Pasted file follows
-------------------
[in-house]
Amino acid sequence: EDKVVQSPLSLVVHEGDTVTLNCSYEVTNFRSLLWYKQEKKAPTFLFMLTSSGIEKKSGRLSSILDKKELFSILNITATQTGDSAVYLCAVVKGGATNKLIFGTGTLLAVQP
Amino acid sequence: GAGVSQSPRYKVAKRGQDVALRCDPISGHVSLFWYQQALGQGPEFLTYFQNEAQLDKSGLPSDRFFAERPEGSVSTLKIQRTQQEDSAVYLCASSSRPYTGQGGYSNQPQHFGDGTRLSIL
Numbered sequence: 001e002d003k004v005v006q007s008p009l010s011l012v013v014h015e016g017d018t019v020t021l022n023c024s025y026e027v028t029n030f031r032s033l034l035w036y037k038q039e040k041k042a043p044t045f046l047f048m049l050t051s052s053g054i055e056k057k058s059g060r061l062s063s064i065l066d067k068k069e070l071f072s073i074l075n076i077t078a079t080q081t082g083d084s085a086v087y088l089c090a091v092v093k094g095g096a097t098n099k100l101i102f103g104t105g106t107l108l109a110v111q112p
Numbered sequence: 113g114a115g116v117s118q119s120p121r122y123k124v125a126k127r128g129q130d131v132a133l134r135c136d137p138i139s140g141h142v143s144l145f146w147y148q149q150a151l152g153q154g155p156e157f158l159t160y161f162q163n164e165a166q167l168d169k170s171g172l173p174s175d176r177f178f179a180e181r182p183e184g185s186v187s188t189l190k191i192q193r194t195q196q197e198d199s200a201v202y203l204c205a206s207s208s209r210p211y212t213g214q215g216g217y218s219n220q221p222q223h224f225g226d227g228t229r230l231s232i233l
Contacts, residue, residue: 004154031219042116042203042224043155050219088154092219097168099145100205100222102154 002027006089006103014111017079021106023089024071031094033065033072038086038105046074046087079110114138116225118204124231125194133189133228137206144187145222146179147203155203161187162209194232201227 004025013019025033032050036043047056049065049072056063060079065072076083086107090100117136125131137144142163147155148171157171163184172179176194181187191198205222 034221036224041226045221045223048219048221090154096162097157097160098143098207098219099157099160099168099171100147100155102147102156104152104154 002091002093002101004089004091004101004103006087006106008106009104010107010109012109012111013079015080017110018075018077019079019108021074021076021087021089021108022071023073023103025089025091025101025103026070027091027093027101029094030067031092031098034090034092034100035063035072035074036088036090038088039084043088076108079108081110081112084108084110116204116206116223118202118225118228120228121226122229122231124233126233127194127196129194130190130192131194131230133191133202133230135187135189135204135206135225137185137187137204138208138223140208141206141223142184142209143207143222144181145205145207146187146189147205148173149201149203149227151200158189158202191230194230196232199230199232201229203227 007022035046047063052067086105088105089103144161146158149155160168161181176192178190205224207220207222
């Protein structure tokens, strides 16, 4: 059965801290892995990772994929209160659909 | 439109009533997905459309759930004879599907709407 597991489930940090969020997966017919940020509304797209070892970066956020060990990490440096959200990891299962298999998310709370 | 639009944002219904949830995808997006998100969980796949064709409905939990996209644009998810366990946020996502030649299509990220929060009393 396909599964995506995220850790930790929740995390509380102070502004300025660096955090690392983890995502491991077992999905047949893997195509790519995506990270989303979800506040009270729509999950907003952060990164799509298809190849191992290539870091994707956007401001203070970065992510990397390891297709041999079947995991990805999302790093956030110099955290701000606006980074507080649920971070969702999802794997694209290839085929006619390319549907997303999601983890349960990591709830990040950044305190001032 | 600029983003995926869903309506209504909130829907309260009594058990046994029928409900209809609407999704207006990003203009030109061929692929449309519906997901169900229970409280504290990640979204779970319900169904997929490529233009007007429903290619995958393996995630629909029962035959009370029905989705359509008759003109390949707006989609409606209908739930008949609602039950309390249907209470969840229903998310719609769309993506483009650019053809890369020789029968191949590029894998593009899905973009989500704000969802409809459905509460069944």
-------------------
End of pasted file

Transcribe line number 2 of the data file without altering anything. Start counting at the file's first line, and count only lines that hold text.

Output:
Amino acid sequence: EDKVVQSPLSLVVHEGDTVTLNCSYEVTNFRSLLWYKQEKKAPTFLFMLTSSGIEKKSGRLSSILDKKELFSILNITATQTGDSAVYLCAVVKGGATNKLIFGTGTLLAVQP